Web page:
from David Maughan-Brown in York: Over and out.

Light on the horizon

November 15th

There was always going to be a limit to the extent to which those of us who have contributed to Covid2020diary could continue, somewhat masochistically, to pretend we are still languishing in 2020, which was not the most enjoyable year on record.  Some of us maintained the illusion longer than others; in my case because I have found the blog a useful safety valve for the many frustrations attendant on living through a pandemic which has proved far more damaging than it would otherwise have been had we not simultaneously been suffering from a lethally incompetent government.  

A summary of the state of the nation doesn’t present a pretty picture, as the entirely predictable damage wrought by Brexit becomes ever more starkly apparent.  It is becoming increasingly difficult for government representatives to pretend that all the damage can be attributed to the ongoing pandemic, but that obviously won’t ever stop them from trying.  And ongoing it certainly is.  Daily infections in UK have declined to a still very alarming38,000 a day thanks largely, one suspects, to the schools having closed for half-term, with 157 Covid deaths reported yesterday.   Late last month the number was up to 50,000 a day, more than the total number in the whole of the rest of Europe put together, with our Honourable Minister of Health and Social Care, Sajid Javid, glibly predicting that rates “could yet go as high as 100 000 a day”[i], but doing nothing whatever to try to stop that from happening.   Ever since Johnson witlessly declared “Independence Day” in July, the government has been loath to lose face by reintroducing any restrictions.  

In the meantime, the NHS is on its knees and social care is, if anything, in an even worse situation.   Almost 150,000 carers left the sector in 2019-2020, while estimates of the current shortage of staff put it variously at 17-20% and 105,000.  The situation is about to be seriously exacerbated by the departure of another 30,000 thousand or so care workers who have fallen foul of Javid’s insouciant edict that all social care workers had to have received two Covid vaccinations by the end of last week or they would lose their jobs.  Staff in the NHS who care for equally vulnerable people have somewhat puzzlingly been given until Spring to be double-vaccinated.   The entirely predictable result of their loss of staff is that some care homes are having to close for want of adequate staff; even more people who would otherwise be transferred to care homes are clogging the increasingly limited number of available beds in hospitals; A&E departments are under unsustainable pressure because they can’t get patients moved into wards; and ambulances still queue for hours outside A&Es waiting to discharge their patients.  

Given this dire situation, it is hardly surprising that 5.7 million people are now waiting for elective surgery in UK and that over 300,000 have been waiting for over a year – in my case 18 months now.  Two very brief recent horror stories might help to give an indication of the seriousness of the situation.  One was the story of a mother who had to wait for 14 hours through the night in an A&E with her very sick two-year old before the child was examined.  The other was of a spectator who dialled 999 when her husband had a sudden cardiac arrest while he was playing cricket and had to wait 11 minutes for her 999 call even to be answered, never mind for an ambulance or para-medic to arrive.  It was pure luck that the cricket club happened to be equipped with a defibrillator which enabled him to survive. The NHS’s target waiting time for an ambulance to get to a heart-attack victim is now an unambitious 18 minutes.   Currently the average time nationally is 54 minutes.[ii]  The chances of being revived even 10 minutes after a sudden cardiac arrest are said to be very low indeed.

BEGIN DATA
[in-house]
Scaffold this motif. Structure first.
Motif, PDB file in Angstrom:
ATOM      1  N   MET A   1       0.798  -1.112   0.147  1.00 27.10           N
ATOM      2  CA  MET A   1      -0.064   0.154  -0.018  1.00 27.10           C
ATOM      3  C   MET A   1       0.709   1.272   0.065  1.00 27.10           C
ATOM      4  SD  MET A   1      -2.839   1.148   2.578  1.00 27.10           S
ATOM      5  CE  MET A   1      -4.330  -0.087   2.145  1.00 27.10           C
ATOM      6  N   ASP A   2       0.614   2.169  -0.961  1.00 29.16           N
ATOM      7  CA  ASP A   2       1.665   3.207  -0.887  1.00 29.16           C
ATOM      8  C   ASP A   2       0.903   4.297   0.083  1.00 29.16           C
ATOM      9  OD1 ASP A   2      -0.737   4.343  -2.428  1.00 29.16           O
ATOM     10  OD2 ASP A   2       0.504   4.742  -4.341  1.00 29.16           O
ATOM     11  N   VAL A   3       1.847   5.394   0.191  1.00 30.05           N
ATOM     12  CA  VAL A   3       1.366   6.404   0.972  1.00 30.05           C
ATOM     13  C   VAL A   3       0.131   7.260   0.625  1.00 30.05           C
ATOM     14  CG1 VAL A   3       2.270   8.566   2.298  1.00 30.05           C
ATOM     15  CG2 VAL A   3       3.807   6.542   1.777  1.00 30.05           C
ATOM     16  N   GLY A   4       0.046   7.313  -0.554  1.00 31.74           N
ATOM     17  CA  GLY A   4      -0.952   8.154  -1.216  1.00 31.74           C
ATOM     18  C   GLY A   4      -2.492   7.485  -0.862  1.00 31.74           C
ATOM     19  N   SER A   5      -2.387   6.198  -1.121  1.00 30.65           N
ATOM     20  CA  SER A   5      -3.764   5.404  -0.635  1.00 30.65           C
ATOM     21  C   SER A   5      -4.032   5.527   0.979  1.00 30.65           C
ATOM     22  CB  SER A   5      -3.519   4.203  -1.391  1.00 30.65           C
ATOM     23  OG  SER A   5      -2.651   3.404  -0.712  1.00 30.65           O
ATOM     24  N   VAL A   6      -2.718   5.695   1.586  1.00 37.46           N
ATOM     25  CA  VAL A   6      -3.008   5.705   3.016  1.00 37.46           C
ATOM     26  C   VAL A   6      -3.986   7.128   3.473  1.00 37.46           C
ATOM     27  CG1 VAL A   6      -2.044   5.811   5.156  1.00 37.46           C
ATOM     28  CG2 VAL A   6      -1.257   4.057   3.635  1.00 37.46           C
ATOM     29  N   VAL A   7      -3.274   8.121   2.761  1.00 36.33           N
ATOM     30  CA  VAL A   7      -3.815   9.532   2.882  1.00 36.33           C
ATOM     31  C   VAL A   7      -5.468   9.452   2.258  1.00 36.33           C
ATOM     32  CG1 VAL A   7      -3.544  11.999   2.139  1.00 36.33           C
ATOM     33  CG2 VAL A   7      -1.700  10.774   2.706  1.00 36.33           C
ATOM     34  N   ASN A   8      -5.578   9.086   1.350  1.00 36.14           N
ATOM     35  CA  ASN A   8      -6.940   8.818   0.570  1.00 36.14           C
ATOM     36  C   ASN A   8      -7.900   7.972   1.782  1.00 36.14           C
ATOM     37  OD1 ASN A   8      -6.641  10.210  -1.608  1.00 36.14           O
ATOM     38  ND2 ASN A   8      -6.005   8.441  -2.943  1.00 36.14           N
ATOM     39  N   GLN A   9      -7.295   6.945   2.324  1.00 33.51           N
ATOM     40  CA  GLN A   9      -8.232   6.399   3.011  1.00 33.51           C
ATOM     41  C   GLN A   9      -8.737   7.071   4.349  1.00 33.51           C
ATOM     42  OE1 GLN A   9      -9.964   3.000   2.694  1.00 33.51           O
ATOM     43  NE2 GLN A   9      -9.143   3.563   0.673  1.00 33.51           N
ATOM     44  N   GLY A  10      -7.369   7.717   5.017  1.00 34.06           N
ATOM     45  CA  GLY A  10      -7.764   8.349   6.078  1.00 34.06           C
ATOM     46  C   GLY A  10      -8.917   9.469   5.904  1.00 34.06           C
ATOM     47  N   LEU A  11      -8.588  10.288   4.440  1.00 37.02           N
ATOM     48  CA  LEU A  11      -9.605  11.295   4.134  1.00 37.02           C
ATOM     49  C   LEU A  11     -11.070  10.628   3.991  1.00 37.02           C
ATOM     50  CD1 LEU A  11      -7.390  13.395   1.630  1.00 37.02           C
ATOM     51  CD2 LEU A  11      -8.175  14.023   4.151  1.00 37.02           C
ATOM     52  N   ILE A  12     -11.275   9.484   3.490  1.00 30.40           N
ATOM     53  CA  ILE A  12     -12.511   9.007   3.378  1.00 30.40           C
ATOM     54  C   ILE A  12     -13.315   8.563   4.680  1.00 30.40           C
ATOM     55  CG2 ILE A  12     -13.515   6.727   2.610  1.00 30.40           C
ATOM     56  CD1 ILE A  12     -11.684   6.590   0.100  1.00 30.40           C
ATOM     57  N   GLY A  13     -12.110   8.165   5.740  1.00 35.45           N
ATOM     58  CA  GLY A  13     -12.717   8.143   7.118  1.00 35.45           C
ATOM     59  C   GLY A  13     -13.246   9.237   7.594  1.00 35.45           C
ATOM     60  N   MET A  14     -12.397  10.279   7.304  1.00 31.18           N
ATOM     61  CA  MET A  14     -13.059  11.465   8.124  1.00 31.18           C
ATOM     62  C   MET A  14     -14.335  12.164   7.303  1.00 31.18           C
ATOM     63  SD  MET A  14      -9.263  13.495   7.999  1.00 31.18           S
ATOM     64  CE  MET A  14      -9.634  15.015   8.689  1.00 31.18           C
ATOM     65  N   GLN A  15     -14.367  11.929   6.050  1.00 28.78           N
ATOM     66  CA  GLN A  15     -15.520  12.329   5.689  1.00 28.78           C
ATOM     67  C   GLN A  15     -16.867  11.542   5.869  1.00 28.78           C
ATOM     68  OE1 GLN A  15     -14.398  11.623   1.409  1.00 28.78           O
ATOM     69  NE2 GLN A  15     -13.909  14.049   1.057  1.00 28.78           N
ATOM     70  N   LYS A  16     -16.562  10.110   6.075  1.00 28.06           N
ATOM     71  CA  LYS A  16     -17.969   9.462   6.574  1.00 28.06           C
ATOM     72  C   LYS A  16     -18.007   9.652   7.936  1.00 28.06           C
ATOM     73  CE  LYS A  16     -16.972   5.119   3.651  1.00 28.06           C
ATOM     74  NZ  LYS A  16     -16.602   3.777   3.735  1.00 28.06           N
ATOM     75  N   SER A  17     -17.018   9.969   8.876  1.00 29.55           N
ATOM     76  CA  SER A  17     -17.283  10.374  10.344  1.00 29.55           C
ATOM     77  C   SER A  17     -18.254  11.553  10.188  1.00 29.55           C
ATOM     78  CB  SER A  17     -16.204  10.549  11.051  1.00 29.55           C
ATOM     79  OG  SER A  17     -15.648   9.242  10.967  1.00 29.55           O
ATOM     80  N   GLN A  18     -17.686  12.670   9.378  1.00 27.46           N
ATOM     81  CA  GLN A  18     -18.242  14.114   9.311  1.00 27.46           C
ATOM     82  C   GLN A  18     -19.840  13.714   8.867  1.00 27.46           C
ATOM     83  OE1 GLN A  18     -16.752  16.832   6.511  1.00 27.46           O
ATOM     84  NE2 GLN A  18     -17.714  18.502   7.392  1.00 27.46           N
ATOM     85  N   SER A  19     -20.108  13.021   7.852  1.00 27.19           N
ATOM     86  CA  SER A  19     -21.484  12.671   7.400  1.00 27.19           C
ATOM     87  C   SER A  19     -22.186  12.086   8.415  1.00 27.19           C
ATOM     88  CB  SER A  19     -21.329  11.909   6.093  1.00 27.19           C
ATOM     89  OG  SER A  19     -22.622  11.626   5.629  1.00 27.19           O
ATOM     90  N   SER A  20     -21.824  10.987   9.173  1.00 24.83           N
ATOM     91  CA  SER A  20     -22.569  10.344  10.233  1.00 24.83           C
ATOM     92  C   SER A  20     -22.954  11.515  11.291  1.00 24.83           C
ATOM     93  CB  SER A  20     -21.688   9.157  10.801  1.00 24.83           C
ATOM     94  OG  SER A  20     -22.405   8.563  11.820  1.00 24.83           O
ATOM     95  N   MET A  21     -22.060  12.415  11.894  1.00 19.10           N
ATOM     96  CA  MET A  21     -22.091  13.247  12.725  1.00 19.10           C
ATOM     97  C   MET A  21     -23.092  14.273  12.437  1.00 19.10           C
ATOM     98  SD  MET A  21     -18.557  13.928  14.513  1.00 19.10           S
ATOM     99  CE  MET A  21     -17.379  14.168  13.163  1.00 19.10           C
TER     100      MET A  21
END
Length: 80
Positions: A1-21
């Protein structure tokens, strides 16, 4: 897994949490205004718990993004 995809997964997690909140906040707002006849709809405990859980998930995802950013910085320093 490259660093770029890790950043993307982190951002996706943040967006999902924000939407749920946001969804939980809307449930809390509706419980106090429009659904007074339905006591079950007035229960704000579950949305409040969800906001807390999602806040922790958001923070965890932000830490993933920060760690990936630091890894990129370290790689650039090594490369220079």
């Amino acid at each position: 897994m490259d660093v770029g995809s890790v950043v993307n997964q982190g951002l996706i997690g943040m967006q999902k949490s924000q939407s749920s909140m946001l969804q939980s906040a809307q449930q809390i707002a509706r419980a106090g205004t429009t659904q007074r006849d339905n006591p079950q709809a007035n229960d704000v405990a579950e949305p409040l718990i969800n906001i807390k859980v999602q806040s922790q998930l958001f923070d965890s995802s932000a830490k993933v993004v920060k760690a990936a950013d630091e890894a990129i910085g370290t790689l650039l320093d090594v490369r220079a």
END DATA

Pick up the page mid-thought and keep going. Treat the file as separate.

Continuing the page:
The acute shortage of staff in the NHS is mirrored in other sectors, in all instances partly, if not mainly, as a result of the government’s xenophobic attitude to low-paid workers, and low-paid workers from the EU in particular.  The Independent reported last week that there were 2.7 million advertised job vacancies across the UK, with another 221,000 being added last week alone.[iii]  Roughly 100,000 of those are still HGV drivers, in spite of wage inflation that has seen them commanding £40-50k a year.  The consequences are manifold:  containers stacking up in ports; taxi drivers, bin-lorry drivers, bus drivers, retraining as HGV drivers, resulting in sometimes dire country-wide shortages of qualified people to fill the jobs they are leaving – 5,000 taxis have disappeared from the streets in London alone; bare supermarket shelves; dire warnings that if you want to give your children toys for Christmas you had better buy them soon, and so on.   There are staffing shortages across the board – somewhat unexpected pinch points right now being shortages of driving instructors, prison officers and forklift truck drivers – all of which shortages inevitably result in spiralling wages and, inevitably, general inflation.